Jan 14, 2022Liked by Elizabeth Bear

Thank you. I am super insecure about overstepping. As always, please do tell me if it seems like I am and I will make amends.

Some of my cancer treatment has involved repeated weeks long hospital stays so that context is there too.

This comment is for you and for others surviving cancer too, which I hope is okay.

- Exercise: I realized somewhat belatedly that when I was fatigued, falling asleep constantly and frustrated that I couldn't have thinking time to myself that involved sitting quietly (without just falling asleep), the way to get that (for me) was to exercise. It was non intuitive for me but it works. Absolutely.

- Eating: is/was hugely difficult for Jen and me. Professional pride for her (she's a chef-instructor) and fat acceptance/body image/just a really difficult change for me. Radiation treatment and chemo both mess with my appetite. I had to accept profound changes in my body and strength, and was made to quit weightlifting for fears of injury and infection. And my senses of aroma, taste and texture changed, got hypersensitive, got weird. I felt full when I was starving. It is very hard. Eat what you can when you can. I rely heavily on protein/nutrition supplement shakes, scolded my doctor for keeping me on a diabetic hospital diet when I was clearly having trouble eating it, and had Jen bring me delicious and filling food. We've found acidic foods like pickles sometimes really help except when they don't. It's a big, difficult mess and my tastes are always changing. We keep trying new things and hope it'll settle down when chemo stops.

- Trauma: I can afford therapy, so I take therapy. Trauma is only for sharing with others if they ask and you're nice about stopping when they say.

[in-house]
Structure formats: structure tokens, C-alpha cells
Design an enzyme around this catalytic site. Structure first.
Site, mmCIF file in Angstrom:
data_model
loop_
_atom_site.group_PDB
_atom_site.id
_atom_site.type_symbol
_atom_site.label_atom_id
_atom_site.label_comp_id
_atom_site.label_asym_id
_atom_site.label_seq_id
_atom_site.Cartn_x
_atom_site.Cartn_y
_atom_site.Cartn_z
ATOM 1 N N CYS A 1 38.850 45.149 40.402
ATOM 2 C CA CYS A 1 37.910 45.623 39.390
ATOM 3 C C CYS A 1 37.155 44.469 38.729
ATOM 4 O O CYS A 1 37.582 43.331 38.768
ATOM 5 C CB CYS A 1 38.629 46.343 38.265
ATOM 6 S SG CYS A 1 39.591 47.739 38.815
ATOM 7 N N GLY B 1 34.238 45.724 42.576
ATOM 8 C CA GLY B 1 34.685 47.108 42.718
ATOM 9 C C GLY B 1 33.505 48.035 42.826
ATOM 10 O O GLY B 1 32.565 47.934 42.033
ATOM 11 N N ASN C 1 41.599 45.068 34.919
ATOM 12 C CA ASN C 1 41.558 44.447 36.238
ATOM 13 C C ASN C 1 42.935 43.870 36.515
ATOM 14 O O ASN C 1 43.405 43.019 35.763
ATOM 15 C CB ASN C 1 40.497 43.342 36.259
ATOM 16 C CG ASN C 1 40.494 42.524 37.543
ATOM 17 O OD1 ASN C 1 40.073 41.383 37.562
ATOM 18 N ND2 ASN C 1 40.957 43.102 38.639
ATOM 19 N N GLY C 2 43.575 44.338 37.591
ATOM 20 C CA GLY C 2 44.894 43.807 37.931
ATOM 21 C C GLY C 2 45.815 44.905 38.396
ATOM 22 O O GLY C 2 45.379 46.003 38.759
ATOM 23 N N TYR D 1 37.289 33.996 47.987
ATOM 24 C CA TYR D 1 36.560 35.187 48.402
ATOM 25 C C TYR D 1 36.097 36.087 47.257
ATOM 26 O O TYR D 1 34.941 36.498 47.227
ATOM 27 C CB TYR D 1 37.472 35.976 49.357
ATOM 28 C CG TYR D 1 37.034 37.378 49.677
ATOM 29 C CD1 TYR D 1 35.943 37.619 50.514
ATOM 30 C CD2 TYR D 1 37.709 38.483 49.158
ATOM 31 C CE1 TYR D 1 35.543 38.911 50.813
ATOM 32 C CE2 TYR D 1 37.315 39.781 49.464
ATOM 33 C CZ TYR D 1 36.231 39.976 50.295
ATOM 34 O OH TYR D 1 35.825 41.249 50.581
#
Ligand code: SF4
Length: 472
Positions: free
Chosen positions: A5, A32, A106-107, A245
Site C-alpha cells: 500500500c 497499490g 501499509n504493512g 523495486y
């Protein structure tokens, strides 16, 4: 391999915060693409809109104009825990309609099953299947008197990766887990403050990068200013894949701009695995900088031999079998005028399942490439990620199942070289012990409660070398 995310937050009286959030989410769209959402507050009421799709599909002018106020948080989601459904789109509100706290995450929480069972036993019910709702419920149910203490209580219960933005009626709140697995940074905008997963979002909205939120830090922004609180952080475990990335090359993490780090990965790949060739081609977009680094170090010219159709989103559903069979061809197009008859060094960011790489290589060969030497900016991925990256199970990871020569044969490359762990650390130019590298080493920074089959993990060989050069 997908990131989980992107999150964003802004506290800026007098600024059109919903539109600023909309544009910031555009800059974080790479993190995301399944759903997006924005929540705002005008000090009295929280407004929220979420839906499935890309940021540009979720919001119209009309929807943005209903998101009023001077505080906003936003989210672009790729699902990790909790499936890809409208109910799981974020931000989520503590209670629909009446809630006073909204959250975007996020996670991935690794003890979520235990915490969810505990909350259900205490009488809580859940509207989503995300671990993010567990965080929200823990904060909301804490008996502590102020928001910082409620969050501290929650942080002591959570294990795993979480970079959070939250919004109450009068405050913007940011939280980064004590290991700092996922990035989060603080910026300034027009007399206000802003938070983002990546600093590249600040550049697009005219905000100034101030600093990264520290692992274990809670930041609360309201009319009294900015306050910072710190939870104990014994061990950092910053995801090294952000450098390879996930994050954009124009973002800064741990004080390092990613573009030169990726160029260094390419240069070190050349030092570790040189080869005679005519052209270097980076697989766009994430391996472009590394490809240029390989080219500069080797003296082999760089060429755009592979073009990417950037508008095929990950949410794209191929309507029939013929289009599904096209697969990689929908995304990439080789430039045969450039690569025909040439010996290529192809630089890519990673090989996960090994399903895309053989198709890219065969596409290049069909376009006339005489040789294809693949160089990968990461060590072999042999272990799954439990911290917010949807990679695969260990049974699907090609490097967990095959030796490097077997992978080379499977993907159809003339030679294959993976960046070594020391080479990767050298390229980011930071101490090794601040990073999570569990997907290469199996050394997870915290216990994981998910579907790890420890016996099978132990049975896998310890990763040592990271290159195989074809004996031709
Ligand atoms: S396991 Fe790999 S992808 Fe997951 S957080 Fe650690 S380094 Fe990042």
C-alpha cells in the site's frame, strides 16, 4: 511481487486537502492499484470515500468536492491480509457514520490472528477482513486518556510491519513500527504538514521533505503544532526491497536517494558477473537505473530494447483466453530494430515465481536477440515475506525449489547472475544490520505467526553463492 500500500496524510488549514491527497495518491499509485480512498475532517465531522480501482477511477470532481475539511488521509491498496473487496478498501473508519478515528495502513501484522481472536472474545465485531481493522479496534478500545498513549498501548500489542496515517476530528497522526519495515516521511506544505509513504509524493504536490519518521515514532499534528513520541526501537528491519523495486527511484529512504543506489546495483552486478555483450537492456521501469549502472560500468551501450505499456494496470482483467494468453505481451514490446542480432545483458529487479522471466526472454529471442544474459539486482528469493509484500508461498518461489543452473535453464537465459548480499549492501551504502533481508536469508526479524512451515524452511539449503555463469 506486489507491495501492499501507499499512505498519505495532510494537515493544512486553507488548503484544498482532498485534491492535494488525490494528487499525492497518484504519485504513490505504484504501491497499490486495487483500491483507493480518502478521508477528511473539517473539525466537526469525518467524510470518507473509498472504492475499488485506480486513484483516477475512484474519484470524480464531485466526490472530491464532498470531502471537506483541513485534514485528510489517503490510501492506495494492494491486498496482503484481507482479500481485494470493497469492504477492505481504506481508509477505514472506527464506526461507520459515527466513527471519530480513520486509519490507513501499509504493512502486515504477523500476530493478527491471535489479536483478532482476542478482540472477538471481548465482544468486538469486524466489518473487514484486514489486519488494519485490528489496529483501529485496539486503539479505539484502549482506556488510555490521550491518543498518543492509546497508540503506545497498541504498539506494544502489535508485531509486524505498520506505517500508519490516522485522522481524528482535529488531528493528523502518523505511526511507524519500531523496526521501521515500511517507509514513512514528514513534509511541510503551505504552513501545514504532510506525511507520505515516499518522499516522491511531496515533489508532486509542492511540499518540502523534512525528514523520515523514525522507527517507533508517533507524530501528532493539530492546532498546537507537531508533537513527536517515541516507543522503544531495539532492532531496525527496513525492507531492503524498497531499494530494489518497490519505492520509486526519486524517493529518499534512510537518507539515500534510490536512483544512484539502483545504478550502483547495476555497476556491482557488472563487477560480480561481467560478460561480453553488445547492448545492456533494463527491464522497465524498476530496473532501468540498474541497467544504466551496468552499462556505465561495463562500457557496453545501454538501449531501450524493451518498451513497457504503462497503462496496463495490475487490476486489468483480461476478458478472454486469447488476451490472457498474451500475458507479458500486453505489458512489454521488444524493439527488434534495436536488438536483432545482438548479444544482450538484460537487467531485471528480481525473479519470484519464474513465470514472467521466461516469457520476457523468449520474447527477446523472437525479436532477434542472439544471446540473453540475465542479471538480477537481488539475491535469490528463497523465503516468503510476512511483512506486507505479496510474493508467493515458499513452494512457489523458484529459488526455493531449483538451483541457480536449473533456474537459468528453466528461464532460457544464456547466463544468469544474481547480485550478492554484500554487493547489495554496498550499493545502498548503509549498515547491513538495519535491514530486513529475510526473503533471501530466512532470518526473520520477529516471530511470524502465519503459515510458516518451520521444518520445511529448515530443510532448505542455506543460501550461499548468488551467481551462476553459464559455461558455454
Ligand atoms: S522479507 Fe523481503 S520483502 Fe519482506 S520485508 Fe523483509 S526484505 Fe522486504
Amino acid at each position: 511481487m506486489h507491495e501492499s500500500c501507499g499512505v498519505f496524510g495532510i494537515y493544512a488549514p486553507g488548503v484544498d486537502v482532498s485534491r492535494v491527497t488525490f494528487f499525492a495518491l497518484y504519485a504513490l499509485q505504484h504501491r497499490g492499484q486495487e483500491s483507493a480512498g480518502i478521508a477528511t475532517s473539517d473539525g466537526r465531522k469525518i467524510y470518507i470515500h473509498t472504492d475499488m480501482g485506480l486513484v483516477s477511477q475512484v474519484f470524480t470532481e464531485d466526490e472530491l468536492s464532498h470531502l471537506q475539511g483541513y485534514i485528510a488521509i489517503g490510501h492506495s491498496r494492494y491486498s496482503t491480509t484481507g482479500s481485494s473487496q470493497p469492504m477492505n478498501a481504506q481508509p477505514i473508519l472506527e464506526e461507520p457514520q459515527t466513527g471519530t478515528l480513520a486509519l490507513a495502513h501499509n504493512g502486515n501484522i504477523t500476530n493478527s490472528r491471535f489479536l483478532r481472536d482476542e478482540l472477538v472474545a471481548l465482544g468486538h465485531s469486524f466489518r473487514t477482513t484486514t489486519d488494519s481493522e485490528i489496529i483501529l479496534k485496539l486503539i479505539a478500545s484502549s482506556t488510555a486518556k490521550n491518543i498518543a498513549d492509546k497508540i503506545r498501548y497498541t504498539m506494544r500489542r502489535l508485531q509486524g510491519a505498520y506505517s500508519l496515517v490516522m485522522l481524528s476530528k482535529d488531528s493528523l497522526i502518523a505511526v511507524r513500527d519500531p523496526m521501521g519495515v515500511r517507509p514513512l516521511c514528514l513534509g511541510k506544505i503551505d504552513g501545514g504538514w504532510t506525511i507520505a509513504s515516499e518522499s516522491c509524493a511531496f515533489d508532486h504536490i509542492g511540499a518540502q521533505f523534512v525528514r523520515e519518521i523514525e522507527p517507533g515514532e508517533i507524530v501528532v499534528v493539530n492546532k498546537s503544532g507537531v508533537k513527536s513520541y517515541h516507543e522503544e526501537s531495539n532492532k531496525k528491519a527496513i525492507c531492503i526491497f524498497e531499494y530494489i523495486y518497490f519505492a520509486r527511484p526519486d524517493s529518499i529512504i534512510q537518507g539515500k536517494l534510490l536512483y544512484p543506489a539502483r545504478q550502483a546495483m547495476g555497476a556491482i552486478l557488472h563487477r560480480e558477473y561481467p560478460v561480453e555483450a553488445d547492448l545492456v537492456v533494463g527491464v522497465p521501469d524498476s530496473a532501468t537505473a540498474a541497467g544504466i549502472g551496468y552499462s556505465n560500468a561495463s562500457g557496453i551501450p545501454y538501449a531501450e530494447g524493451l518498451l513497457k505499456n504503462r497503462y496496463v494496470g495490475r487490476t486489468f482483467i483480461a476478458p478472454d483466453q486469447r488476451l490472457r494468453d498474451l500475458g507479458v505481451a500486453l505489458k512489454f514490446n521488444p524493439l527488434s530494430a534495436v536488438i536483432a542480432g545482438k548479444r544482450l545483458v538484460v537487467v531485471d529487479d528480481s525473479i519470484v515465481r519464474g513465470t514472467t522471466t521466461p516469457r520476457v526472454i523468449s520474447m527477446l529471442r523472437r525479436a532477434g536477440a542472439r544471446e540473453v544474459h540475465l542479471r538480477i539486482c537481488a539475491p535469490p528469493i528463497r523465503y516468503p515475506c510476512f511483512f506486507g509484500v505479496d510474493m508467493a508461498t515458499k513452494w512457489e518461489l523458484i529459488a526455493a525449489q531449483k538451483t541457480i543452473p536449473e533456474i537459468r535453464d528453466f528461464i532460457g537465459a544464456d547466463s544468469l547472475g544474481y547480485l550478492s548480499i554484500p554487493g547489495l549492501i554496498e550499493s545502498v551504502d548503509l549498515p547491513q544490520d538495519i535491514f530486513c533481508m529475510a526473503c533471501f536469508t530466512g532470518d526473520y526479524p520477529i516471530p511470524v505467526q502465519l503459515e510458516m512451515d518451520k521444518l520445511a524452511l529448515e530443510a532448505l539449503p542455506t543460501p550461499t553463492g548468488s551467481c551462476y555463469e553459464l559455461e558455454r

- Control: You can still say no and you can still have rights and boundaries (but you may have to advocate for yourself). But engaging with Western Medicine will take your control away. And if you are actively engaged in treatment, you can't say no to everything no matter how much you want to. People will try to help. Let them even if they're not doing it exactly how you want them to. Find a way to surf through what seems like constant testing of your control and boundaries that allows people in. Be prepared for constant indignities. Caregivers (and your body) aren't trying to shame you. It's just what happens. Be gracious when you can. Try to be kind. Get through it. Cry about it when you can or must. It's okay. They've seen everything before and they care about you and are worried about you.

- Grief: There is no way through cancer without grief. It will overwhelm any resistance. You're surviving cancer. You will survive grief. If therapy works for you and you can afford it, and have the energy for it, try that if you are getting washed away. Be warned that some hospital staff will interfere. Be insistent and talk with floor managers if you must.

I'm proud of everyone, but especially cancer survivors doing the work of fighting cancer.

You are doing hard work, unflinchingly, for you, for your family and community and friends. Even for strangers. We're proud to know you and glad you are doing the hard things unflinchingly. We stand by to help and we send our love and great regard. Keep on keeping on.

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Feb 2, 2022Liked by Elizabeth Bear

"Use every resource you are offered. There is no extra credit for doing this the hard way."

Quoted for truth and wisdom.

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